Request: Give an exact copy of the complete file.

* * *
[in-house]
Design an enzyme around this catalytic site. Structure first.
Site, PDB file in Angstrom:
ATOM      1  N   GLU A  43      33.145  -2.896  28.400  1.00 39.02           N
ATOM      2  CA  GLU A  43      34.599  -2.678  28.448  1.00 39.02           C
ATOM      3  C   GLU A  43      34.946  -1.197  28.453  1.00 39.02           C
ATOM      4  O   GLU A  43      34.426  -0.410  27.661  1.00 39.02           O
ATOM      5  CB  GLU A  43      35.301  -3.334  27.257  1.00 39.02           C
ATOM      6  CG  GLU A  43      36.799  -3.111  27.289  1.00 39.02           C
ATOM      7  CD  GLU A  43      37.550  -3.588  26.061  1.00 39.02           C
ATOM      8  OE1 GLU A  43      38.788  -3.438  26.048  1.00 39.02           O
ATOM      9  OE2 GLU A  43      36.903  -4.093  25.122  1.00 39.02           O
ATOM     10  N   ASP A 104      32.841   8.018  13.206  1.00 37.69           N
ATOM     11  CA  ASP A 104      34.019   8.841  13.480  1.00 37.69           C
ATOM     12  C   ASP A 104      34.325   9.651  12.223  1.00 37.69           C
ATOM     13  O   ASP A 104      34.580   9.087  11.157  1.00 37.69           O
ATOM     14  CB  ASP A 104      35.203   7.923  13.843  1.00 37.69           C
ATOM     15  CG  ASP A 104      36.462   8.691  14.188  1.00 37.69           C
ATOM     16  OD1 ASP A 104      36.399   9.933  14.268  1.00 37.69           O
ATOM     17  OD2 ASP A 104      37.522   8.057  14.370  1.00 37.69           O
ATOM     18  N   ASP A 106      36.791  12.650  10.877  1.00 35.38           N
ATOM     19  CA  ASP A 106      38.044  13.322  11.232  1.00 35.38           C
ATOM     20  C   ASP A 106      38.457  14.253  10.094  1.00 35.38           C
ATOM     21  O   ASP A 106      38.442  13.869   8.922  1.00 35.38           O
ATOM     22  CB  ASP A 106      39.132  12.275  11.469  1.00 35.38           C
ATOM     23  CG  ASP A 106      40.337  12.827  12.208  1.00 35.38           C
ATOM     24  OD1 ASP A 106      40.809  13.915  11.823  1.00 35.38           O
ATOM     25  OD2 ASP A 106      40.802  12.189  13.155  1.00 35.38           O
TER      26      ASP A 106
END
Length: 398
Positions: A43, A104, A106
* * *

[in-house]
Design an enzyme around this catalytic site. Structure first.
Site, PDB file in Angstrom:
ATOM      1  N   GLU A  43      33.145  -2.896  28.400  1.00 39.02           N
ATOM      2  CA  GLU A  43      34.599  -2.678  28.448  1.00 39.02           C
ATOM      3  C   GLU A  43      34.946  -1.197  28.453  1.00 39.02           C
ATOM      4  O   GLU A  43      34.426  -0.410  27.661  1.00 39.02           O
ATOM      5  CB  GLU A  43      35.301  -3.334  27.257  1.00 39.02           C
ATOM      6  CG  GLU A  43      36.799  -3.111  27.289  1.00 39.02           C
ATOM      7  CD  GLU A  43      37.550  -3.588  26.061  1.00 39.02           C
ATOM      8  OE1 GLU A  43      38.788  -3.438  26.048  1.00 39.02           O
ATOM      9  OE2 GLU A  43      36.903  -4.093  25.122  1.00 39.02           O
ATOM     10  N   ASP A 104      32.841   8.018  13.206  1.00 37.69           N
ATOM     11  CA  ASP A 104      34.019   8.841  13.480  1.00 37.69           C
ATOM     12  C   ASP A 104      34.325   9.651  12.223  1.00 37.69           C
ATOM     13  O   ASP A 104      34.580   9.087  11.157  1.00 37.69           O
ATOM     14  CB  ASP A 104      35.203   7.923  13.843  1.00 37.69           C
ATOM     15  CG  ASP A 104      36.462   8.691  14.188  1.00 37.69           C
ATOM     16  OD1 ASP A 104      36.399   9.933  14.268  1.00 37.69           O
ATOM     17  OD2 ASP A 104      37.522   8.057  14.370  1.00 37.69           O
ATOM     18  N   ASP A 106      36.791  12.650  10.877  1.00 35.38           N
ATOM     19  CA  ASP A 106      38.044  13.322  11.232  1.00 35.38           C
ATOM     20  C   ASP A 106      38.457  14.253  10.094  1.00 35.38           C
ATOM     21  O   ASP A 106      38.442  13.869   8.922  1.00 35.38           O
ATOM     22  CB  ASP A 106      39.132  12.275  11.469  1.00 35.38           C
ATOM     23  CG  ASP A 106      40.337  12.827  12.208  1.00 35.38           C
ATOM     24  OD1 ASP A 106      40.809  13.915  11.823  1.00 35.38           O
ATOM     25  OD2 ASP A 106      40.802  12.189  13.155  1.00 35.38           O
TER      26      ASP A 106
END
Length: 398
Positions: A43, A104, A106